This file photo taken on Jan 1, 2022 shows the European Union flag under the Arc de Triomphe, on the Place de l'Etoile in Paris. (ALAIN JOCARD / AFP)
BRUSSELS – The leaders of the European Union (EU) on Tuesday vowed to take measures to protect the competitiveness of the bloc's member states from the United States' Inflation Reduction Act (IRA) while trying to avoid falling into a subsidy war with Washington.
The EU member states' economy and finance ministers discussed the matter on the margins of the year's first Economic and Financial Affairs Council (Ecofin).
European Commissioner for Economy Paolo Gentiloni underlined the need to address the effects of the IRA on the EU's already strained economy but warned against a subsidy war.
Sweden's Finance Minister Elisabeth Svantesson said on Tuesday after a meeting with fellow ministers from the EU that the member states will continue to discuss their response to measures the United States has taken to stimulate green technology investments, which are seen to disadvantage European companies
"We have to strengthen our competitiveness … It's not about a subsidy war with other countries or US, it's about strengthening Europe's competitiveness," he said ahead of the meeting.
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The EU has to work on streamlining its state aid rules, according to Gentiloni, especially for sectors that are crucial for clean technologies and innovation. In parallel, the bloc should be funding common projects, he said, as these will strengthen its competitiveness without undermining its internal market.
EU leaders and industries have voiced their concerns over the IRA, which contains provisions that could have significant repercussions on the competitiveness and investment decisions of the EU industry, in particular as regards sectors crucial for its transition to a green economy.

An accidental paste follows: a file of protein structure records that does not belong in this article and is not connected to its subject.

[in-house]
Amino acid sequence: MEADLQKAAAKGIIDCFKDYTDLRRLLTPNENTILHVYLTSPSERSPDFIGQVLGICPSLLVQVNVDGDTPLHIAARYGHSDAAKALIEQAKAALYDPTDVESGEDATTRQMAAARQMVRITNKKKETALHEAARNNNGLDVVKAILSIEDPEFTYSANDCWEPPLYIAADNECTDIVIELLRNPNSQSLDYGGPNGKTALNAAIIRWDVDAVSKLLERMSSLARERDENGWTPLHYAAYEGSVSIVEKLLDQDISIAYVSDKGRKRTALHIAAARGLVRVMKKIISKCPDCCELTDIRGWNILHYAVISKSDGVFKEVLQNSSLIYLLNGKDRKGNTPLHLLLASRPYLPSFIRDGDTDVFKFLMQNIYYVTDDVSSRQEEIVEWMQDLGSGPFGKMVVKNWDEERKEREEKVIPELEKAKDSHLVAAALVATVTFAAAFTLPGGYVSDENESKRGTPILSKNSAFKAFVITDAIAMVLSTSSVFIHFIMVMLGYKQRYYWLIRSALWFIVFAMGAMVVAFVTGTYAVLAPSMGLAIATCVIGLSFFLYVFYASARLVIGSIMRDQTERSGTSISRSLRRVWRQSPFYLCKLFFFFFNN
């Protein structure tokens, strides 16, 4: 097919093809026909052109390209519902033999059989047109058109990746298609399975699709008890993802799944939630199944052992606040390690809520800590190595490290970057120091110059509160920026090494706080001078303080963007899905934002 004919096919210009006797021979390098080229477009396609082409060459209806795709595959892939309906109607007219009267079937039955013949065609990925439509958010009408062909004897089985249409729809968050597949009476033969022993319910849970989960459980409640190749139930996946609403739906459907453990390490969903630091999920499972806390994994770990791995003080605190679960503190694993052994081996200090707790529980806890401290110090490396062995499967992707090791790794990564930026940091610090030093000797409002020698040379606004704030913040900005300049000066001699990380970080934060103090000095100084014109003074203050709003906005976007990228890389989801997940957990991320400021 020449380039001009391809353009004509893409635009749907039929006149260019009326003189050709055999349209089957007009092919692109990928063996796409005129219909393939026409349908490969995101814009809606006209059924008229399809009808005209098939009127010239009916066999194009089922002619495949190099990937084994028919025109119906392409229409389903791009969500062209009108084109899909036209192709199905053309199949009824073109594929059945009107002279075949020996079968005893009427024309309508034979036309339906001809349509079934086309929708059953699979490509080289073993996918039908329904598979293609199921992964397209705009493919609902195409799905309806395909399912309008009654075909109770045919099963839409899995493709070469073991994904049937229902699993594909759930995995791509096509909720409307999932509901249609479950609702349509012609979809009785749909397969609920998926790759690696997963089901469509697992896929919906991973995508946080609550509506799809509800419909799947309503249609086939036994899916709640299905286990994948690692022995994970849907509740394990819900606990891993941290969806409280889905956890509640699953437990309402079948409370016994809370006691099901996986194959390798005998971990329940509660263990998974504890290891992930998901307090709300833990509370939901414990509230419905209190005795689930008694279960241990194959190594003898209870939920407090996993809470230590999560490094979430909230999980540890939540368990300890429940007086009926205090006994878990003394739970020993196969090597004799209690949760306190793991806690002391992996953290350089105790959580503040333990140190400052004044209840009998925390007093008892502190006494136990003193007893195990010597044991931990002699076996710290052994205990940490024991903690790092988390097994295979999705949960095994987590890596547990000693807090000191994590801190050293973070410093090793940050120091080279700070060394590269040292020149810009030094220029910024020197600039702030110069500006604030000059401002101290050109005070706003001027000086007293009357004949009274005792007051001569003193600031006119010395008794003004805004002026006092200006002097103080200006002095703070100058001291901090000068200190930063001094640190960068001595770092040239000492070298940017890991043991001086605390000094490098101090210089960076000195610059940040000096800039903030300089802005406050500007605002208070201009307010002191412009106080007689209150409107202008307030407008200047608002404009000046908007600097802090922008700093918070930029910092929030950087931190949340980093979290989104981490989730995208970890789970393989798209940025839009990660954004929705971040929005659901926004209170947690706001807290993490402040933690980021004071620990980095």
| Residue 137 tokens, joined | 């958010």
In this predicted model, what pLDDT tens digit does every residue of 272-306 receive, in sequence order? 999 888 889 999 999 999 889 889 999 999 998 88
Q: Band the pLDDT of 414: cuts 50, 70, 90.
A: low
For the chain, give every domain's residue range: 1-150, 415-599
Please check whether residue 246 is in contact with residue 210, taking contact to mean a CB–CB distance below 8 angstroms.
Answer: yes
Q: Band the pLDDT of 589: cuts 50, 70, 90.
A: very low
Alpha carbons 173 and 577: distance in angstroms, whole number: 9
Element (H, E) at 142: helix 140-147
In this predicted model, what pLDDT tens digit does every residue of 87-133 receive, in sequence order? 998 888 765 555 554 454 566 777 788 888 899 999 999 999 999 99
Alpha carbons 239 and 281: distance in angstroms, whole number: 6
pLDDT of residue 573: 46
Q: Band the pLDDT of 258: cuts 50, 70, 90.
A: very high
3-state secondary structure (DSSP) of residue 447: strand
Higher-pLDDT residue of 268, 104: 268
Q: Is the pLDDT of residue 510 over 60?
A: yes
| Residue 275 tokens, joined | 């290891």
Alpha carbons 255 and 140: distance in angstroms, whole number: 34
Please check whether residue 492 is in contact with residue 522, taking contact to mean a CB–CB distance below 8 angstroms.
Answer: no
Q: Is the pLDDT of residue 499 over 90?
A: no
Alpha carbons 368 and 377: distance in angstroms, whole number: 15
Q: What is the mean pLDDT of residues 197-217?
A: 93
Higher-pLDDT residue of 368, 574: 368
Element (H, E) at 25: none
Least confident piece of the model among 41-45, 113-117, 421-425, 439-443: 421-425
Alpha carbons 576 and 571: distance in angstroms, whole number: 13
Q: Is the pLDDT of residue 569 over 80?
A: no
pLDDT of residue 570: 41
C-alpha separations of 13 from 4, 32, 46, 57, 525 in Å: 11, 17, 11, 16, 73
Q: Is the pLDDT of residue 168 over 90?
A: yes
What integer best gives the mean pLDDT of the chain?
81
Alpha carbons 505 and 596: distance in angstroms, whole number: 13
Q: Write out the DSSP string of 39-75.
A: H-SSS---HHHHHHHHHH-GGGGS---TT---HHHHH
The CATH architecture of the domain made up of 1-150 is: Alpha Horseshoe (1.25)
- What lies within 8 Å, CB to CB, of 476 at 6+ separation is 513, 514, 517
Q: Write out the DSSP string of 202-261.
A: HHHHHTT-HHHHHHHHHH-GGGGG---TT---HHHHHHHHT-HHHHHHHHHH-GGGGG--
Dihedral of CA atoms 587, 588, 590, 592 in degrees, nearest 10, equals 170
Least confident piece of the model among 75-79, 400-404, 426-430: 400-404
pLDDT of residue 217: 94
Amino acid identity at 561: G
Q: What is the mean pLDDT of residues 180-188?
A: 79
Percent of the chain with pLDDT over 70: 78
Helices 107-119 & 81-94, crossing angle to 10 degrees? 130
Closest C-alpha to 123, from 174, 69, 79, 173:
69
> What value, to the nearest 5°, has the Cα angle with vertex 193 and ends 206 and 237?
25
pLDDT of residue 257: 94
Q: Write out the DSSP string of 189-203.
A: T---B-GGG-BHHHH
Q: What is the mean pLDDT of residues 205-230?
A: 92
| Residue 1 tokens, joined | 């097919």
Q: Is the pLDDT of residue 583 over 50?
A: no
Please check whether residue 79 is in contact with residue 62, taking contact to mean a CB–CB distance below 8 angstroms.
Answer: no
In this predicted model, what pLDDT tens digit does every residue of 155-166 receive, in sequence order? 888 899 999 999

Signed in mid-August last year, the IRA targets a record $369 billion of spending on climate and energy provisions. The landmark package comprises tax credits for electric cars made in North America and supports US battery supply chains.
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Since then, a joint high-level task force has been established to address the EU's request to be treated "fairly," like other US trade partners, such as Canada or Mexico.
Sweden's Finance Minister Elisabeth Svantesson said on Tuesday after a meeting with fellow ministers from the EU that the member states will continue to discuss their response to measures the United States has taken to stimulate green technology investments, which are seen to disadvantage European companies.
Later the same day, European Commission Vice-President Valdis Dombrovskis was meeting US Trade Representative Katherine Tai to discuss the matter.
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"We're working through the task force, but we're also doing outreach at other levels to address those concerns. We know that on the US side there are some delays in the sense of implementing guidelines. This gives us a bit more time for discussion on some elements," Dombrovskis said. However, the task force is not likely to solve all the problems.
French President Emmanuel Macron has been pushing for a "Made in Europe" strategy, in which critical sectors would be subsidized to counter the US subsidies.